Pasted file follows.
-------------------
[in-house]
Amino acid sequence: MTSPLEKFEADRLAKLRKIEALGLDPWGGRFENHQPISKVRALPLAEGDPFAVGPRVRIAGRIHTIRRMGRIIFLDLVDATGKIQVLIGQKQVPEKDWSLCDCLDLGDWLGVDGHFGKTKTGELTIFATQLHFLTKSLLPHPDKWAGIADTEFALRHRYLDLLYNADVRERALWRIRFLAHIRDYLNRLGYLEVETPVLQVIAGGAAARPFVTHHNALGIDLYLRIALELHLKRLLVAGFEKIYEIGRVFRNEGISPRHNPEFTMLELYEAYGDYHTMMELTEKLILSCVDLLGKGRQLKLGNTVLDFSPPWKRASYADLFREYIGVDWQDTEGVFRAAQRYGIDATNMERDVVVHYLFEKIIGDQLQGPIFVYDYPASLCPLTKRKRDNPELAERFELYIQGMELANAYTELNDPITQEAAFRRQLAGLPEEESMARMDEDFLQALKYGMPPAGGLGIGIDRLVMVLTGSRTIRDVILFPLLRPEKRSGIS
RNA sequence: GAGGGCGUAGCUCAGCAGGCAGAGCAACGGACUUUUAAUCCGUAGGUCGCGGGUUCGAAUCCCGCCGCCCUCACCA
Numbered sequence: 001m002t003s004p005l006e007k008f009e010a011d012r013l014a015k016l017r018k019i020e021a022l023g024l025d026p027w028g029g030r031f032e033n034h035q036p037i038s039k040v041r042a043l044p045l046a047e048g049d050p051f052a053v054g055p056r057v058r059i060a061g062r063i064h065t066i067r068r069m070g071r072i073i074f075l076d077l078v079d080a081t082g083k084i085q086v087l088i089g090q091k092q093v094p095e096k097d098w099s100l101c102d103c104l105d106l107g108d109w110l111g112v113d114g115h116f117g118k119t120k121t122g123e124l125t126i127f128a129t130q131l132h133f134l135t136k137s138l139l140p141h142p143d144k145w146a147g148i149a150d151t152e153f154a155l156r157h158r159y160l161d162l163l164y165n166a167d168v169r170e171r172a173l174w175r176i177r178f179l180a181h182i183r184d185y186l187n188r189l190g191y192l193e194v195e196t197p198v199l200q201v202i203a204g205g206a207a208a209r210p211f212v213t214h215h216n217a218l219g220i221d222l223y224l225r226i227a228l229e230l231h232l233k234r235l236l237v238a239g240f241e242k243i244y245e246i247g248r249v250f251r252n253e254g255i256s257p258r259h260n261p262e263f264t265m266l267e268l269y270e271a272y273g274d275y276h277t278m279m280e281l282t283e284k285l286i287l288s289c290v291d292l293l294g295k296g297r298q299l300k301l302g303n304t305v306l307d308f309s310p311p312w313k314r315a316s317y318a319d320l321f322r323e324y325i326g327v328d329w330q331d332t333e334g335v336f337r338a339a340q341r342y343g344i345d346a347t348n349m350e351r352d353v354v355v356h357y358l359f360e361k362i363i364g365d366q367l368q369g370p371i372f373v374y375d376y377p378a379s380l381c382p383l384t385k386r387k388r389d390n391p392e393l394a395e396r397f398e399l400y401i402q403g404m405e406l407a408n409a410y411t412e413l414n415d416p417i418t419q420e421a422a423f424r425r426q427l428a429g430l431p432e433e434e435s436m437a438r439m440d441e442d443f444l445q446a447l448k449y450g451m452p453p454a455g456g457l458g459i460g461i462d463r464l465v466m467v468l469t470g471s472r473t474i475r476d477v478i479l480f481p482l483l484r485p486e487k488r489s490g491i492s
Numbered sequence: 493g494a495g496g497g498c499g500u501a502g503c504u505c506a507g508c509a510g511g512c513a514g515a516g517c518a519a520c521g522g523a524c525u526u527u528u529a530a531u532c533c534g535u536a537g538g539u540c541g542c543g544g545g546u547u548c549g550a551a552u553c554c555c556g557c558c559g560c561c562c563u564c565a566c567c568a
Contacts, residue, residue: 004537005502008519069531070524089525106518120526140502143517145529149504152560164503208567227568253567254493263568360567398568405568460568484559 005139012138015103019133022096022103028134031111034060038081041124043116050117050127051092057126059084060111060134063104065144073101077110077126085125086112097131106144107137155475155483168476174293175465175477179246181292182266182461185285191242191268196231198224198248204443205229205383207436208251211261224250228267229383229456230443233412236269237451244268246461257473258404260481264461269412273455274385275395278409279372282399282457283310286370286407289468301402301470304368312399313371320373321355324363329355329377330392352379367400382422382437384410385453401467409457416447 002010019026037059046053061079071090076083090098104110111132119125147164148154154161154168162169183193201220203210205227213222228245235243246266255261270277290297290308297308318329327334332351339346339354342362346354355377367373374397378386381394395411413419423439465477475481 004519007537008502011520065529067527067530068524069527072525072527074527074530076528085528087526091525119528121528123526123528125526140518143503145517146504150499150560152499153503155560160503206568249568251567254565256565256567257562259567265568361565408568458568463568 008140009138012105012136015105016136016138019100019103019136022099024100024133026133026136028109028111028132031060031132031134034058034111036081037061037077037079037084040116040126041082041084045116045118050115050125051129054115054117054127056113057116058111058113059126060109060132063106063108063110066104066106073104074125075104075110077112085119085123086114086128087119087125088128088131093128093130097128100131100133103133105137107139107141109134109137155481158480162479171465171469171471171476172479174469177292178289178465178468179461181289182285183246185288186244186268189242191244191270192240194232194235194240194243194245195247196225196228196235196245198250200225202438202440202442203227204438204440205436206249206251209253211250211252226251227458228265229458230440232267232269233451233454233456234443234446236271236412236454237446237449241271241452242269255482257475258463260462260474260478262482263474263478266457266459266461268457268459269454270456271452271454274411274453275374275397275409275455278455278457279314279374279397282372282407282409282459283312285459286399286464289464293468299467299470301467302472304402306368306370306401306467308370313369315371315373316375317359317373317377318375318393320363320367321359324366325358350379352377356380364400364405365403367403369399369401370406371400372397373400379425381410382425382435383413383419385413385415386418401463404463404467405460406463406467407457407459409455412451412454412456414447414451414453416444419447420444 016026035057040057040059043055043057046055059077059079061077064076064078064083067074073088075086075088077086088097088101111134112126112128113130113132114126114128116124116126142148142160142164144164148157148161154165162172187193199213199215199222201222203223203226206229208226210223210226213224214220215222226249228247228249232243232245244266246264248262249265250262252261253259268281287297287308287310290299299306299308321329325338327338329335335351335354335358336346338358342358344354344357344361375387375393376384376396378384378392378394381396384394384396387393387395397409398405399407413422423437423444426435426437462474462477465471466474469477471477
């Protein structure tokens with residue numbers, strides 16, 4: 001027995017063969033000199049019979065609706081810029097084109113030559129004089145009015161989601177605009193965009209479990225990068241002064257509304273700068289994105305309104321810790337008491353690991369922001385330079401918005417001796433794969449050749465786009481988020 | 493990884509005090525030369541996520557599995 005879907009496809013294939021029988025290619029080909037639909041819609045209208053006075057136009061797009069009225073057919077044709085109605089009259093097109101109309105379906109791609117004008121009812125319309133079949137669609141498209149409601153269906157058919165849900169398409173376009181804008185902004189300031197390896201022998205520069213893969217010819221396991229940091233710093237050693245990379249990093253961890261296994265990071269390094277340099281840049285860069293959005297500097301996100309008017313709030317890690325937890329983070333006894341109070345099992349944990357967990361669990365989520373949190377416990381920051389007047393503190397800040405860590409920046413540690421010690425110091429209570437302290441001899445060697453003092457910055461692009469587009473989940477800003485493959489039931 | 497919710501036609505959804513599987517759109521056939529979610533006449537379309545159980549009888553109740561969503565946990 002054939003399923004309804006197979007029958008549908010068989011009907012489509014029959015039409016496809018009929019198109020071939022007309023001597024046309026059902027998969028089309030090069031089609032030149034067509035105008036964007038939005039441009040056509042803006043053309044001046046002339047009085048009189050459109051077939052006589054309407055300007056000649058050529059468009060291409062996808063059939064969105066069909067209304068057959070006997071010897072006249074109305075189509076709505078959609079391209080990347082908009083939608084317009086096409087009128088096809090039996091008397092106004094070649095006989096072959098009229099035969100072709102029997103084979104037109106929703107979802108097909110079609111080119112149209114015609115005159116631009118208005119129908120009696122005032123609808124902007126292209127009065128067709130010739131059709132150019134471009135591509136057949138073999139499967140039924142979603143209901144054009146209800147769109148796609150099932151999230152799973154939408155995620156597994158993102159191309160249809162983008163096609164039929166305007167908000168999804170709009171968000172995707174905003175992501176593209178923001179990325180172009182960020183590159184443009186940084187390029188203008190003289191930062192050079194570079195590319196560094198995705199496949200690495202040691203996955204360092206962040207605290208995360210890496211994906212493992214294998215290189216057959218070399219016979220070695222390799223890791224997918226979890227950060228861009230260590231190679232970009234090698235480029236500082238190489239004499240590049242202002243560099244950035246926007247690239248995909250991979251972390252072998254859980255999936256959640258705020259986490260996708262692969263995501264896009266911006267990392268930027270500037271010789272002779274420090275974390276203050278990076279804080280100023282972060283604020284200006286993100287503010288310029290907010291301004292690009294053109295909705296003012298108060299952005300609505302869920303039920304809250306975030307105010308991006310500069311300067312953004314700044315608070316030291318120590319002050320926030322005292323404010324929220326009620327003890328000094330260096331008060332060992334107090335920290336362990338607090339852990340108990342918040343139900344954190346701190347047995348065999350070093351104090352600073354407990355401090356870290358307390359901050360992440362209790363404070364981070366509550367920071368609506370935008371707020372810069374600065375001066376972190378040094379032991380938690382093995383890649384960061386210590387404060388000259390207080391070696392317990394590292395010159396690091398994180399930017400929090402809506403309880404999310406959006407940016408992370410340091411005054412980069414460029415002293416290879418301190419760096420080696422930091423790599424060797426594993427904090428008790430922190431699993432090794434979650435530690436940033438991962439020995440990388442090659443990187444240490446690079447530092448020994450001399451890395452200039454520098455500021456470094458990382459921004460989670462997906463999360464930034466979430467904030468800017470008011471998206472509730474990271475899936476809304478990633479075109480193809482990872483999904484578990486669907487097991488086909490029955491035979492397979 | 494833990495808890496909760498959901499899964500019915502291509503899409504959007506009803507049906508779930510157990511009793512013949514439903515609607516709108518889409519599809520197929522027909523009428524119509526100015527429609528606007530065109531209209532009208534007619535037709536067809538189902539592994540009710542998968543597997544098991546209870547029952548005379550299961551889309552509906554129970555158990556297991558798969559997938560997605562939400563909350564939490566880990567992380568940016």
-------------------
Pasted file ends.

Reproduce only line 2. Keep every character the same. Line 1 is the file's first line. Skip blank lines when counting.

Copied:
Amino acid sequence: MTSPLEKFEADRLAKLRKIEALGLDPWGGRFENHQPISKVRALPLAEGDPFAVGPRVRIAGRIHTIRRMGRIIFLDLVDATGKIQVLIGQKQVPEKDWSLCDCLDLGDWLGVDGHFGKTKTGELTIFATQLHFLTKSLLPHPDKWAGIADTEFALRHRYLDLLYNADVRERALWRIRFLAHIRDYLNRLGYLEVETPVLQVIAGGAAARPFVTHHNALGIDLYLRIALELHLKRLLVAGFEKIYEIGRVFRNEGISPRHNPEFTMLELYEAYGDYHTMMELTEKLILSCVDLLGKGRQLKLGNTVLDFSPPWKRASYADLFREYIGVDWQDTEGVFRAAQRYGIDATNMERDVVVHYLFEKIIGDQLQGPIFVYDYPASLCPLTKRKRDNPELAERFELYIQGMELANAYTELNDPITQEAAFRRQLAGLPEEESMARMDEDFLQALKYGMPPAGGLGIGIDRLVMVLTGSRTIRDVILFPLLRPEKRSGIS